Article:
Unified Bowling makes state for the first time as program

Joe Craig/CHSF

Joe Craig/CHSF

Central’s unified bowling team made it to state for the first time in their history as an organization on Capitol Hill. The road to state was long, but the team put in a lot of work to become district champions.  

Ashton Vincent, a veteran on the team, has been on unified bowling since his junior year and his contributions this season helped his team get farther than they have before. “It was the first year we won our district but making it to state has was something I didn’t imagine,” Vincent said.  

Although the team was eliminated in the first round at state, it was still a positive experience for the organization. Senior ACP student Elijah Webster admitted that “State was scary at first because there were so people, but I had a lot of fun with my teammates which made it easier.” 

Lindsay Rosenthal, ACP teacher and assistant coach for the team says the interaction between her students and their “mentors,” –gen-ed team members–is one of the most rewarding aspects.  

“The relationship between the team has always been super positive, and it is something as a teacher I love seeing. Once they get to know the kids through this team, they get to see them in the halls and say hi. It makes my students really happy to know people outside of the classroom-and we have been lucky to have great mentors to take care of my students,” Rosenthal said.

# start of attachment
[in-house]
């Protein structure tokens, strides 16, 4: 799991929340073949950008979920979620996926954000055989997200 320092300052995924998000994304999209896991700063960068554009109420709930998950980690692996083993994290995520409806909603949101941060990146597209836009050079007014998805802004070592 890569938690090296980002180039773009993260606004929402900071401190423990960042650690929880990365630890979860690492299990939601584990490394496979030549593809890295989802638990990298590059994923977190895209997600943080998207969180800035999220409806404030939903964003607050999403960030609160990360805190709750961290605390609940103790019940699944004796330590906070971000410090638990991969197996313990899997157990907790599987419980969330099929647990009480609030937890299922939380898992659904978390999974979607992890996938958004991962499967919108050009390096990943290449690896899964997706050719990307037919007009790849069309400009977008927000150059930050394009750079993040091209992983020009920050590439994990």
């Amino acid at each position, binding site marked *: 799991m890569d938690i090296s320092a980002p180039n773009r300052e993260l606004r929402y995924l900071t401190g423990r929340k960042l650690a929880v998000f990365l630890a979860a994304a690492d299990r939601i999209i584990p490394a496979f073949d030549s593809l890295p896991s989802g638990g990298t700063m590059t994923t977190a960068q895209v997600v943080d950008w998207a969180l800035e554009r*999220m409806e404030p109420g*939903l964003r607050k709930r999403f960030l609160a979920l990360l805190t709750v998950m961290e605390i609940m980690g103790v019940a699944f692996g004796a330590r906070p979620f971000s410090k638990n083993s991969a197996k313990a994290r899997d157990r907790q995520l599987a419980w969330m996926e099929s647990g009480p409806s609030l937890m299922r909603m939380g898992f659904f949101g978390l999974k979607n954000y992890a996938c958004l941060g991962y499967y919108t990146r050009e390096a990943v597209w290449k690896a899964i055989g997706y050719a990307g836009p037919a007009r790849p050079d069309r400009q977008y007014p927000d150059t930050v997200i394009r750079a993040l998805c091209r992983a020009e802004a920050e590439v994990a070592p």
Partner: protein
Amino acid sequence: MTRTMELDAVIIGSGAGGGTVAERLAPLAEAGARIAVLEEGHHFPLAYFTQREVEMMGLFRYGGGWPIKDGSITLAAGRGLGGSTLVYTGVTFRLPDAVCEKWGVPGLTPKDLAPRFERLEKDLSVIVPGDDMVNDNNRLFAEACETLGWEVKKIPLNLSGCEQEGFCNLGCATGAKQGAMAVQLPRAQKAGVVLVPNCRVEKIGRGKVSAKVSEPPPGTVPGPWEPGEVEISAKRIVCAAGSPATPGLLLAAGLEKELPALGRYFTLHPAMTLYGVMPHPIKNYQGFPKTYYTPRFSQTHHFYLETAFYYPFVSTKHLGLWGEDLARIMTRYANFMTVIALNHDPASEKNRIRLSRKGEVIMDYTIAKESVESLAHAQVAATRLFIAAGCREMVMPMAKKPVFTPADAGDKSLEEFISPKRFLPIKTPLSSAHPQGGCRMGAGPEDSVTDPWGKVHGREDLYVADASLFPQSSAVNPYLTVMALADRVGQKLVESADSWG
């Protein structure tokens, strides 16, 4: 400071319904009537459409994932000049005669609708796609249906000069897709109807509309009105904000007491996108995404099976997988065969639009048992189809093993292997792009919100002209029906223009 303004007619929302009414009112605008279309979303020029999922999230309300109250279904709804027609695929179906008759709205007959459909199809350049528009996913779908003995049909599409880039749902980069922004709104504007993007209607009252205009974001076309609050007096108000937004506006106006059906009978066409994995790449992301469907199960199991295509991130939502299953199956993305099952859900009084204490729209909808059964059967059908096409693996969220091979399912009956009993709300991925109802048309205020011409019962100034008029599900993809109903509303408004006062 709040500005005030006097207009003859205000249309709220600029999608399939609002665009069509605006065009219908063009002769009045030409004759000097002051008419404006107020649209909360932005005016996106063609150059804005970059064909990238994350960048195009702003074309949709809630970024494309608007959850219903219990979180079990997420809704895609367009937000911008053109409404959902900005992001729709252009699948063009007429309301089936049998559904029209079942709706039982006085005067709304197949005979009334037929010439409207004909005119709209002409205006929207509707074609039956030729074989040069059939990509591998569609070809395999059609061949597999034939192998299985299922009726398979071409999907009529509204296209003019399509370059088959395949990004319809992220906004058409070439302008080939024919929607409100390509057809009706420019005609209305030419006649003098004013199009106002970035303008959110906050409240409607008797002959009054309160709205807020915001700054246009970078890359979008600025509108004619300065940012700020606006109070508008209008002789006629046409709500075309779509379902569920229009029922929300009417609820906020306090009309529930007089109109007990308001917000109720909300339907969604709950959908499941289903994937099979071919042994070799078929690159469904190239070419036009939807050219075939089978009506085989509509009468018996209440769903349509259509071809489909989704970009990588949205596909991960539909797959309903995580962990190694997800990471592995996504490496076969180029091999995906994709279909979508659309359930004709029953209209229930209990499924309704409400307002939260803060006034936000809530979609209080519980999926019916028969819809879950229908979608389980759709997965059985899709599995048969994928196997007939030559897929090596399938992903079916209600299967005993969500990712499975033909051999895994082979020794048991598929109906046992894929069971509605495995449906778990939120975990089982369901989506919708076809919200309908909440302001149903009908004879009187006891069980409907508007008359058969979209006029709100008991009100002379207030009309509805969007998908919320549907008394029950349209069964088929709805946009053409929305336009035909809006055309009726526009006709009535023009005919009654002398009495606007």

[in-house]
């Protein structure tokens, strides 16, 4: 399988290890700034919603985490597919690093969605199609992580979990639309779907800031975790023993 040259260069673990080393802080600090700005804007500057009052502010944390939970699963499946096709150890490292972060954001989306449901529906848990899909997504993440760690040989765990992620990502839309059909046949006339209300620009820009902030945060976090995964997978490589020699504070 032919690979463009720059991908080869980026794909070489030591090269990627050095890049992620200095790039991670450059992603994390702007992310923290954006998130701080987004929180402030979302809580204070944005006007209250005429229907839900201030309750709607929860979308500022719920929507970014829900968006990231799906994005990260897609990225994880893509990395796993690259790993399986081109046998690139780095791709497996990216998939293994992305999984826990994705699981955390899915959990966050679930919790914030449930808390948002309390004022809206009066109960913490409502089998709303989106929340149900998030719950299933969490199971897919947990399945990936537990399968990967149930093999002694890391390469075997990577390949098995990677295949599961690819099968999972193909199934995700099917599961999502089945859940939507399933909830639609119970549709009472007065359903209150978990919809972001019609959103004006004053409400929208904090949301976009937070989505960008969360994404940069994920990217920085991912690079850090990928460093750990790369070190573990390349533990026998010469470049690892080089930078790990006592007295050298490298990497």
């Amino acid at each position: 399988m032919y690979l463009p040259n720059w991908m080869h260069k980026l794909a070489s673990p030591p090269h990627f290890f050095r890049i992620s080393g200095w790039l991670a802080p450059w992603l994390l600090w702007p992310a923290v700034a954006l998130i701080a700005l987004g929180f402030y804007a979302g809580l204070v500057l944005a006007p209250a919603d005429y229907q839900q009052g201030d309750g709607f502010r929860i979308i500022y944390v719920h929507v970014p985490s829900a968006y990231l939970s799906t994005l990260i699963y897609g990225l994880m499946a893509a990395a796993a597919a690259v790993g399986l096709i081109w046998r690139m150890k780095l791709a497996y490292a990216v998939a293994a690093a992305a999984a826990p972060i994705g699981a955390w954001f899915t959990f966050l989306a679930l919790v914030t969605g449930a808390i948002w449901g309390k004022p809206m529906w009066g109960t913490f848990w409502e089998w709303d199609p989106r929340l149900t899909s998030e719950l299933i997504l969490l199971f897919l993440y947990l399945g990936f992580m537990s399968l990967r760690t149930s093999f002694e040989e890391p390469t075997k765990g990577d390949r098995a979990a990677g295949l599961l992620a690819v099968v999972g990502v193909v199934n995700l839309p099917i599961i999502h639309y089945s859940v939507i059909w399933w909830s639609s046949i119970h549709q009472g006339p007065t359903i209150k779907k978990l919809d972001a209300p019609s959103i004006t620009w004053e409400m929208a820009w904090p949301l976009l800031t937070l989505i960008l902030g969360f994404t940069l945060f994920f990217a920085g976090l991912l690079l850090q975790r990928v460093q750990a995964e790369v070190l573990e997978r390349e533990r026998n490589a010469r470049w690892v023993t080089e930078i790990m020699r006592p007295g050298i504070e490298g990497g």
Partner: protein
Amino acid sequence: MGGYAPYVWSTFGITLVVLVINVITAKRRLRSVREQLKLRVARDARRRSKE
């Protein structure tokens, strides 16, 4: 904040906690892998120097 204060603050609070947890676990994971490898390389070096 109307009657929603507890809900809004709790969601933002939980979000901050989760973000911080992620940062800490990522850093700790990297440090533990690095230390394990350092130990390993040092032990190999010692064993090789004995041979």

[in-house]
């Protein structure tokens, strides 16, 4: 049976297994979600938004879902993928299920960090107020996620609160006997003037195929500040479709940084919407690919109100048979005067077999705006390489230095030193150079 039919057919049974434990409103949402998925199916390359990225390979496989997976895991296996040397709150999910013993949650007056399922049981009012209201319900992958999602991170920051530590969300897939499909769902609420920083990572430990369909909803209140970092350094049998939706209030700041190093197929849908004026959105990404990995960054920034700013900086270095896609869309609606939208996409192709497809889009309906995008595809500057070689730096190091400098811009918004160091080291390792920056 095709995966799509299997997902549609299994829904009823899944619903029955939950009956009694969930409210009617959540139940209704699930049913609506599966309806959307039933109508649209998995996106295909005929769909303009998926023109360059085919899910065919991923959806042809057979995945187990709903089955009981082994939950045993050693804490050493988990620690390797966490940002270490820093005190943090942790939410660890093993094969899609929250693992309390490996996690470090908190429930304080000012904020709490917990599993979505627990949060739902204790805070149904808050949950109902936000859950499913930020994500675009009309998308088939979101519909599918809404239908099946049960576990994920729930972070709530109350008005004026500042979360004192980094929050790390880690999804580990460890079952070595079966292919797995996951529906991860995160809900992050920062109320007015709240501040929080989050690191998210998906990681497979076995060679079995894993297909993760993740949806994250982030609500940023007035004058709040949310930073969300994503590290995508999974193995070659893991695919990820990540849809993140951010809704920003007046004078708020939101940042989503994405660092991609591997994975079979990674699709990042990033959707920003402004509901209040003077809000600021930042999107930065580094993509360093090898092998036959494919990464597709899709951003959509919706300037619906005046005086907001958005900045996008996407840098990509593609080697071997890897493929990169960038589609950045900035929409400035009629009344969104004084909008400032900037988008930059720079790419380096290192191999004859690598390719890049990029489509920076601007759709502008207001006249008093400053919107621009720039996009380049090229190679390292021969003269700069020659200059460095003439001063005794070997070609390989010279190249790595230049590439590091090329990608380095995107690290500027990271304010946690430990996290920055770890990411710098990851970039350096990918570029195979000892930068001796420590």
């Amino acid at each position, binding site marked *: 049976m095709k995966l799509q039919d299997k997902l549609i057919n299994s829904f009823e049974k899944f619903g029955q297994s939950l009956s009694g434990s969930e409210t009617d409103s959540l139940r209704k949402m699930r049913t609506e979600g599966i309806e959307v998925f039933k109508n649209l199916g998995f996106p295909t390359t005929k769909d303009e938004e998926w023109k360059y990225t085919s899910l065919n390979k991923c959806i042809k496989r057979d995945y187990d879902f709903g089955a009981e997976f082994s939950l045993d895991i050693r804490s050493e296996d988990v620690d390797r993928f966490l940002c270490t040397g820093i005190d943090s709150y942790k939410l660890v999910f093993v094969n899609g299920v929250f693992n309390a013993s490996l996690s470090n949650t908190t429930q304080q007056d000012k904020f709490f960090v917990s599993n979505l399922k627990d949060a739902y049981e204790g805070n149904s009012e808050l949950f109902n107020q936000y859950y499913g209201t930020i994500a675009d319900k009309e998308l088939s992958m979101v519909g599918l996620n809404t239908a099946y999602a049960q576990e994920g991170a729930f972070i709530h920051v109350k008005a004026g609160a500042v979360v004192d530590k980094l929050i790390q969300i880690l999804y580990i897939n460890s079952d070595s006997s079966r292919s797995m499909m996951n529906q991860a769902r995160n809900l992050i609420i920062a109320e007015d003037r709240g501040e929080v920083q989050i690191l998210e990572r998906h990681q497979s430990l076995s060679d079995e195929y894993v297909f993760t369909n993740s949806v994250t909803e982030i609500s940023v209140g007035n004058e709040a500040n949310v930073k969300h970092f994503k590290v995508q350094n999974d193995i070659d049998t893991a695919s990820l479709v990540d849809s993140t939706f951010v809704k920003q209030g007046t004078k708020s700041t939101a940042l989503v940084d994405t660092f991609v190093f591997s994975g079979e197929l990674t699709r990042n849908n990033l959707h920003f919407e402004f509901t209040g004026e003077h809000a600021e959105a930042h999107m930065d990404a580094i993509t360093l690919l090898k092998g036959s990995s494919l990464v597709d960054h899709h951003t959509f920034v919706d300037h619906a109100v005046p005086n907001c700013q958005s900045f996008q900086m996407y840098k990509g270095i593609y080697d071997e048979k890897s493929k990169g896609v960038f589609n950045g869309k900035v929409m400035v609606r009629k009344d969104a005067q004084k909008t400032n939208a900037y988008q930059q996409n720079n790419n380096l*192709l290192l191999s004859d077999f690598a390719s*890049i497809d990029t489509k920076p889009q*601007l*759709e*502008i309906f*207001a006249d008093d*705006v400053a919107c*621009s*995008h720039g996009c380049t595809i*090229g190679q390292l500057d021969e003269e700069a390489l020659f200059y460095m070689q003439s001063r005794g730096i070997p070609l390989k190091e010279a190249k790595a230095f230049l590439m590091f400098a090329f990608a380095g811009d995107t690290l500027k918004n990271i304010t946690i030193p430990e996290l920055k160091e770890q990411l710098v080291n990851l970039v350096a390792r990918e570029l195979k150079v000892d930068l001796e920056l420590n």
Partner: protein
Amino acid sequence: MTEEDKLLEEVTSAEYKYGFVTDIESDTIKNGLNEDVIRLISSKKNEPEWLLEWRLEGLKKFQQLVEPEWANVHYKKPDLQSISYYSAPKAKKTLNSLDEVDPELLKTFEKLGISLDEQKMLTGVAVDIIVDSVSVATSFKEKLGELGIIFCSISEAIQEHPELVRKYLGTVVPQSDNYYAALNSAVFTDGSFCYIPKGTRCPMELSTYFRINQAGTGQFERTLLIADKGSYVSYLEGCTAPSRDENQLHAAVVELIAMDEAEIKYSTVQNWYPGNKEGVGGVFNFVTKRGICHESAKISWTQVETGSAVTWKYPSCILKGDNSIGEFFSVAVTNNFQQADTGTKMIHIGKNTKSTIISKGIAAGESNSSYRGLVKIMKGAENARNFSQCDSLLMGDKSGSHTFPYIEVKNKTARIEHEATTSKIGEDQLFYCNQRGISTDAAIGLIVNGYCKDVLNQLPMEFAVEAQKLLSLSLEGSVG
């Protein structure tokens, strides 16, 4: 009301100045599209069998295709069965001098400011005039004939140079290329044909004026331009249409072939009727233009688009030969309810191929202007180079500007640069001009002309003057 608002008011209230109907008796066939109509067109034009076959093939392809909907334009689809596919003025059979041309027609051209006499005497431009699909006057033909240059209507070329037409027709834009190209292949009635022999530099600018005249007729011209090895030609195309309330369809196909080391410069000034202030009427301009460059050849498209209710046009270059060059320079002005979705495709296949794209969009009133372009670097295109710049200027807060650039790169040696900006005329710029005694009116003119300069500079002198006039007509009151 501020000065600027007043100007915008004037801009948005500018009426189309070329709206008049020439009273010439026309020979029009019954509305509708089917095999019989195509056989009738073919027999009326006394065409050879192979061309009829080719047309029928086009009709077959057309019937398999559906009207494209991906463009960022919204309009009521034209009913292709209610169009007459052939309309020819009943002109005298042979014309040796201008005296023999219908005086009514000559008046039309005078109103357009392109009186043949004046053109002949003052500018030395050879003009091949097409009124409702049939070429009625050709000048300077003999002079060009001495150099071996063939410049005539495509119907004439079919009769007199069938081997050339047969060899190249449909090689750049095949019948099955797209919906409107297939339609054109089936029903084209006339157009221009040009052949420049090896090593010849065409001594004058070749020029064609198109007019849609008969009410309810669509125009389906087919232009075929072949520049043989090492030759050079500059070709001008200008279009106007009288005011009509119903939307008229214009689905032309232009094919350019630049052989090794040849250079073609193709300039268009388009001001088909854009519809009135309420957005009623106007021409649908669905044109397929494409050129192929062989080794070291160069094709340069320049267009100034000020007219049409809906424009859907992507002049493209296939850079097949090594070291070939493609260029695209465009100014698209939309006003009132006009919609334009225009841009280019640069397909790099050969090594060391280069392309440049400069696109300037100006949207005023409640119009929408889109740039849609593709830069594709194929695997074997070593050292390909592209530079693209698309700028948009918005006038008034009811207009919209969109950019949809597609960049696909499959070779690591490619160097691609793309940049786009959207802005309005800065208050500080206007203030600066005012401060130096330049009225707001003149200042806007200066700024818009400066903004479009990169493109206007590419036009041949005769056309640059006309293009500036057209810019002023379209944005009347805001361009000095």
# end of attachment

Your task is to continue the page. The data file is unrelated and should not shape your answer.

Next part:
The team had regular matches throughout the season, and then they competed in a specific district to qualify for state. This year, districts were different for the Eagles, as they only competed against other OPS schools. Nonetheless they still performed well; and the Eagles were able to take the district crown.  

They were only able to take five of their team members to districts and state, three ACP students classified as “athletes” and two Gen-ed students called “mentors.” “I think why we were so successful, is because we allowed ourselves to go out and have fun. We still accomplished great things this season, but our positive outlook really helped us,” Vincent said.  

At state, the Eagle’s played for the best out of five games against the number one seed, Millard south. They won over the Patriots in the third game in the series, with a season high of 183 points. They ended up losing the fourth game, which eliminated them, but the mutual feeling of accomplishment on the team was still evident.  

“I heard we were only the second OPS team to make it to state. No one on the team was disappointed we lost, we were all just proud to be there,” Rosenthal said.  

Both Webster and Vincent expressed the same pride when reflecting on their season but working together was by far the most memorable. “Working with ACP students has really opened up my eyes to the real world, and how to interact with different people,” Vincent said. “Now I see my teammates in the halls, and I give them a high five and say, ‘what’s up.’ The program has always been about much more than winning games-it is about forming connections like this.”